Initially attracted to the honey bee hive by hive pheromones, yellow-legged hornets position themselves away from hive entrances, waiting for returning foragers, resulting in a “carpeting” of workers at the entrance. This term refers to the clustering or accumulation of honey bee workers near the hive entrance as they attempt to defend against the invading hornets. This behavior unfortunately leads to decreased colony production.

In response to this discovery, the UF/IFAS Honey Bee Research and Extension Laboratory is collaborating with the Florida Department of Agriculture and Consumer Services (FDACS) to disseminate information and efficiently handle reports of hornet sightings.

It’s essential to note that there are many domestic species, native to the United States, that closely resemble the invasive hornet but do not pose a threat to honey bees; in fact, many of them are valuable pollinators. The USDA has a photo gallery of these lookalikes, which can be accessed by visiting and searching for ‘yellow-legged hornet.’

Vigilance from the public is crucial in minimizing the potential impact of Vespa velutina on honey bee populations in Florida and beyond. Photo by Danel Solabarrieta, licensed under CC BY-SA 2.0.

Vigilance from the public is crucial in minimizing the potential impact of Vespa velutina on honey bee populations in Florida and beyond. Photo by Danel Solabarrieta, licensed under CC BY-SA 2.0.

While the yellow-legged hornet can easily be confused with other hornets that are not problematic to honey bees, residents who believe they have identified Vespa velutina are encouraged to call the FDACS hotline at 1-888-397-1517.

If a sample is collected or a clear photo of the suspected hornet is available, please email along with location information to facilitate monitoring efforts.  Vigilance and cooperation from the public are crucial in minimizing the potential impact of the yellow-legged hornet on honey bee populations in Florida and beyond.

For more information about the yellow-legged hornet, refer to the Vespa velutina UF/IFAS Featured Creatures fact sheet.

Roll it out if it’s curled up!

Roll it out if it’s curled up!

Identifying the Bean Leafroller (Urbanus proteus), also known as the longtail skipper, is crucial for gardeners. Here’s how to recognize them: inspect your garden for rolled leaves with irregular edges; if found, gently unroll them to reveal potential bean leafroller larvae. These larvae undergo five distinct growth stages, initially appearing yellowish with a brownish-black head.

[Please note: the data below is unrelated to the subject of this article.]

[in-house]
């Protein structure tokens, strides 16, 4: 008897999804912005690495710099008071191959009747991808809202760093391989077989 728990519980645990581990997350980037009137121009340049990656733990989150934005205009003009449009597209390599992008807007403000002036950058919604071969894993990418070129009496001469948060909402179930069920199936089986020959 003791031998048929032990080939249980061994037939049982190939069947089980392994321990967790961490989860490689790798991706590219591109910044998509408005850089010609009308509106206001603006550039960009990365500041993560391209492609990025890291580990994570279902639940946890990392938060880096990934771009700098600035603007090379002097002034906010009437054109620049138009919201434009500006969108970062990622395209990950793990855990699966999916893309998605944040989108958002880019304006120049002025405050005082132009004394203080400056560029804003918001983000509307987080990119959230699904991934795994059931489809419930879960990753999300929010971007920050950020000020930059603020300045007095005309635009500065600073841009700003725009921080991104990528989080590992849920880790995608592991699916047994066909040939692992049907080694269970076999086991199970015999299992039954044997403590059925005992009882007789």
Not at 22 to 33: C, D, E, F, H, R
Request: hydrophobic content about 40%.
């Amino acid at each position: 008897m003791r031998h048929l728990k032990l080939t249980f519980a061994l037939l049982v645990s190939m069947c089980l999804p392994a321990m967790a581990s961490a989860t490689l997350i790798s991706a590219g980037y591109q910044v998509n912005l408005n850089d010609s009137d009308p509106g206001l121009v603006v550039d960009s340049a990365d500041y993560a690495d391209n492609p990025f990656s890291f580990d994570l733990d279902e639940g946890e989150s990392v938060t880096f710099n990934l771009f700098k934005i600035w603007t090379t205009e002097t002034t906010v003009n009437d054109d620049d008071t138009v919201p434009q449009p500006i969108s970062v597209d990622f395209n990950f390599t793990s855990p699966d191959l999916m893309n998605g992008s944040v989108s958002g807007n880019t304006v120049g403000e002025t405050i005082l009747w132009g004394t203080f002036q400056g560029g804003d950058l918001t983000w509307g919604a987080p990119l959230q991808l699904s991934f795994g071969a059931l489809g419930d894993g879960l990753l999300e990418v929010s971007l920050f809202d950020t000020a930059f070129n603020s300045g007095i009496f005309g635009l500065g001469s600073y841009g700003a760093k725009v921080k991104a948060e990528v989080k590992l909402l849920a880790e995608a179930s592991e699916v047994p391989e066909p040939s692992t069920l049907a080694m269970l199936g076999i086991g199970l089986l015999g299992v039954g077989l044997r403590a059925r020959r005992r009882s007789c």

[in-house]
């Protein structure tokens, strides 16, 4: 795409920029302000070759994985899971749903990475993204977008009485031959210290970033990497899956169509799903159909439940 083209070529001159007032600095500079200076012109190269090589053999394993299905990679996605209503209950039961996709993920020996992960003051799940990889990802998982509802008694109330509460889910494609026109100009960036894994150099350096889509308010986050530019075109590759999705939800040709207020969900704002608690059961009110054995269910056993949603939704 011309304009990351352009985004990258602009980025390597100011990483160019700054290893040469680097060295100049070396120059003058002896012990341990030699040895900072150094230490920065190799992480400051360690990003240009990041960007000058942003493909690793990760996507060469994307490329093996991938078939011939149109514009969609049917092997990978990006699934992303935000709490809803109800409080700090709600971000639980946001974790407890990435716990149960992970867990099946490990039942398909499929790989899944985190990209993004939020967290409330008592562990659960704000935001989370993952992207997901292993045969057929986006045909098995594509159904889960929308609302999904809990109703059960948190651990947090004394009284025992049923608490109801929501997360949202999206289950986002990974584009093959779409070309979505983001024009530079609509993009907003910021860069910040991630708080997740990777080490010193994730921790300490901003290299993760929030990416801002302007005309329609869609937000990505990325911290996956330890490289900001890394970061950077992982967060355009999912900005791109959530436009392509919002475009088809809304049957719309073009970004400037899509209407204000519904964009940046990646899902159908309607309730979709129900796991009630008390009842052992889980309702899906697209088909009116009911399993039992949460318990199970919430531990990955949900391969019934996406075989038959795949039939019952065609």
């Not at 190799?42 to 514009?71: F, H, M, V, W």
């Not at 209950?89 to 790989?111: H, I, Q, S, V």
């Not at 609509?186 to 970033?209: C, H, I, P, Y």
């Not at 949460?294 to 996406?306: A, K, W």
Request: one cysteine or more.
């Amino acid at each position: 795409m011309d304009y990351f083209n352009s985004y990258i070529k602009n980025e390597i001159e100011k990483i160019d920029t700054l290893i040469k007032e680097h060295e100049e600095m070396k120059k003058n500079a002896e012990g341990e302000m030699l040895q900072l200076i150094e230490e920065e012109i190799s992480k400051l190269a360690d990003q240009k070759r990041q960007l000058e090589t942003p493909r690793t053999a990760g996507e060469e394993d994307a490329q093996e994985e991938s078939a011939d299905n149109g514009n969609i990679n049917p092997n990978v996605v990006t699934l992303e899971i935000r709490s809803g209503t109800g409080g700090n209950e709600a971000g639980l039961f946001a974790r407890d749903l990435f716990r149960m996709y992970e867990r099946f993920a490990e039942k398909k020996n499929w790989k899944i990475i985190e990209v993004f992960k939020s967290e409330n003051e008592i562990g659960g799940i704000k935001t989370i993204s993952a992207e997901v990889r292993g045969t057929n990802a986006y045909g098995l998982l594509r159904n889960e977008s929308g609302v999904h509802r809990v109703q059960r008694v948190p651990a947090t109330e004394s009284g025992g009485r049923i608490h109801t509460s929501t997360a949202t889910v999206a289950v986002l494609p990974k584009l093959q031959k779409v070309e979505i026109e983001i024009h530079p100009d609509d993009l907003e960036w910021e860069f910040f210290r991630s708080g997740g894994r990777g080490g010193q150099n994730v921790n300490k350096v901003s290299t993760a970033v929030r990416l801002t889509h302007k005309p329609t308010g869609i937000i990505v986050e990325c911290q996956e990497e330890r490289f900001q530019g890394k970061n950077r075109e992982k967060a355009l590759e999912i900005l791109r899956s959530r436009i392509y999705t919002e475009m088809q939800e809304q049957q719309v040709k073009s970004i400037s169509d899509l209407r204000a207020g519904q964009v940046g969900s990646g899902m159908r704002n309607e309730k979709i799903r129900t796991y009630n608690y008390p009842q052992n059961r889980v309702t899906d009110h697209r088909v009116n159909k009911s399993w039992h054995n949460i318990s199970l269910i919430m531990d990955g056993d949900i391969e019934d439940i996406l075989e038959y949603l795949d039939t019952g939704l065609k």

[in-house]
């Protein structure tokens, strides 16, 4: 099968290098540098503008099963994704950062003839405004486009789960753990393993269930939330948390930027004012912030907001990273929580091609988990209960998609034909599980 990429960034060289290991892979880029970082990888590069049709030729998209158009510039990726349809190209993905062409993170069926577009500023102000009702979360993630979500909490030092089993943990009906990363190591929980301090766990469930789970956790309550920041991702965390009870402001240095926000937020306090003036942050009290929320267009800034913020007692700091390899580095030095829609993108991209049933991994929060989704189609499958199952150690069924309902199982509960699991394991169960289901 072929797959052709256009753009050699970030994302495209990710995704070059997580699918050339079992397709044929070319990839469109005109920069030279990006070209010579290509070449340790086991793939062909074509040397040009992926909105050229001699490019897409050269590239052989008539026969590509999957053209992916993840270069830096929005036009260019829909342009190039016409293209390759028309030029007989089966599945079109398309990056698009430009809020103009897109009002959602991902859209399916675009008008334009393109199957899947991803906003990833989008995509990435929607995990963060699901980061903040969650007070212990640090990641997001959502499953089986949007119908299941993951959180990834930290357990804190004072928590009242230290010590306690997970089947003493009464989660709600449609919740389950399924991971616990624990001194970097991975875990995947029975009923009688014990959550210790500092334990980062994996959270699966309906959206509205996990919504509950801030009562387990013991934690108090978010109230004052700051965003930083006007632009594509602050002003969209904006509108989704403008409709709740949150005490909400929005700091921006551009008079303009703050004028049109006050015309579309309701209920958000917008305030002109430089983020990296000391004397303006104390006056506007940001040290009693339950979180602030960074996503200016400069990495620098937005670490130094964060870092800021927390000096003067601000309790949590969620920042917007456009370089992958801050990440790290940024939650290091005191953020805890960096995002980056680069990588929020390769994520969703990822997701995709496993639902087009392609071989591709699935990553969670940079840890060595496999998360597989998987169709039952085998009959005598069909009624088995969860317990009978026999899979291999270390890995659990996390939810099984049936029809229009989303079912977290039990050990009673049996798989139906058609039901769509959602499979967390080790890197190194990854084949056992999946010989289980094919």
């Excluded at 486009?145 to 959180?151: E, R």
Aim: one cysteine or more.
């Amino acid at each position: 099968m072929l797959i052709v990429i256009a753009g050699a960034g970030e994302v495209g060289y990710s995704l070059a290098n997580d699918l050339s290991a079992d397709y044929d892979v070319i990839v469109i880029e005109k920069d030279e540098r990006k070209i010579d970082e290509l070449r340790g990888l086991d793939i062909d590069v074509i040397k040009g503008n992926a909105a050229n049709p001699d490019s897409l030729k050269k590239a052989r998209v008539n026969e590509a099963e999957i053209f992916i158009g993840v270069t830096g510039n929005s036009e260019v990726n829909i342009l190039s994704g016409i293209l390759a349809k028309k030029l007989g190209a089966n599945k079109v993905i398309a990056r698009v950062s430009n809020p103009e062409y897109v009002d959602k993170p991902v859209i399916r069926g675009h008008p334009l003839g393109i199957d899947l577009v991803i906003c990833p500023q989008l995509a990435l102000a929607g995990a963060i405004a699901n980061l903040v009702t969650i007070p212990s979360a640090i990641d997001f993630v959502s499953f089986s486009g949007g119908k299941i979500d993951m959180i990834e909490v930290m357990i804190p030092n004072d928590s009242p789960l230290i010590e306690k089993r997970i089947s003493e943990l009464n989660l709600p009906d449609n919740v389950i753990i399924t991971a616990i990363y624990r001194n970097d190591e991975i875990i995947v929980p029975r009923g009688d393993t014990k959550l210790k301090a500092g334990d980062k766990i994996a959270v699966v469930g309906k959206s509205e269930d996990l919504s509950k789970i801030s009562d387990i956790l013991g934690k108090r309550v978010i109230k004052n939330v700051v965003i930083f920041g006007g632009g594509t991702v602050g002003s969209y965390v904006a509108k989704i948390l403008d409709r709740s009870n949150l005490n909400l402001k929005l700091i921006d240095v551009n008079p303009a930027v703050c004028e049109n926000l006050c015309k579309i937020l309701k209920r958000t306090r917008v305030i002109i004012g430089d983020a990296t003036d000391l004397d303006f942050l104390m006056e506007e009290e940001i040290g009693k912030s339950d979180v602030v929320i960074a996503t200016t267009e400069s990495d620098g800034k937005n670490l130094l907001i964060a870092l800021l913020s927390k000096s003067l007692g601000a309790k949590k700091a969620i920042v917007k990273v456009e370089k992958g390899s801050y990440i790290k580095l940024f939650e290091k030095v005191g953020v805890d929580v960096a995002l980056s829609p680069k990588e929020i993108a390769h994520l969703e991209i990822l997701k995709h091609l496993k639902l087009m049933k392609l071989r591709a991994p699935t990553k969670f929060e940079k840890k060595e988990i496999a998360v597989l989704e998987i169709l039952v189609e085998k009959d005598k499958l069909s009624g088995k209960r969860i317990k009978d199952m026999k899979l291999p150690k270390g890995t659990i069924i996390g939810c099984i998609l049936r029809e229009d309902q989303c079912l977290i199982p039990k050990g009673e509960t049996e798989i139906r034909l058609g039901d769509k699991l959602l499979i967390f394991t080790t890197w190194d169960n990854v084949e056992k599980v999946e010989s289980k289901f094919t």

Distribution: the bean leaf roller is commonly found in residential gardens and is widespread across Florida and other regions. It becomes a late summer nuisance pest, primarily affecting leguminous plants such as cowpeas, lima beans, peas, snap beans, and soybeans. However, it’s worth noting that this insect also inhabits other plants like wisteria, tick trefoil, butterfly pea, and hog peanut. Being able to identify and manage this pest is essential for protecting your garden’s productivity and ensuring the health of your plants.

Lifecycle: The bean leafroller undergoes a lifecycle that spans approximately 30 days. While it reproduces year-round in southern Florida, its presence in northern Florida is more sporadic until June. As the season progresses, it becomes more abundant, typically peaking in September to October. The adult bean leafroller is relatively large, boasting a wingspan of approximately 50 mm, with its distinguishing feature being the elongated hind wings, resembling a tail. The eggs, which are laid either individually or in clusters of two to six, initially appear white and gradually transition to a yellow color over time.

Inspect Your Plants: The larvae of these leafrollers are defoliators, consuming only the leaf tissue of leguminous plants. They create a distinctive shelter by cutting a small triangular portion at the leaf’s edge, folding it over, and residing within this concealed space. This behavior evolves as the larvae progress through different developmental stages including the pupal stage. Monitoring your plants for these characteristic signs of leaf damage is crucial for early detection and management of the bean leafroller, helping protect your garden’s health and productivity.

Safeguarding Your Plants: Insecticides can be quite effective for control or suppression, particularly in the later parts of the season. Additionally, employing biological control agents is a viable option. Predatory behavior has been observed in various studies that have been conducted.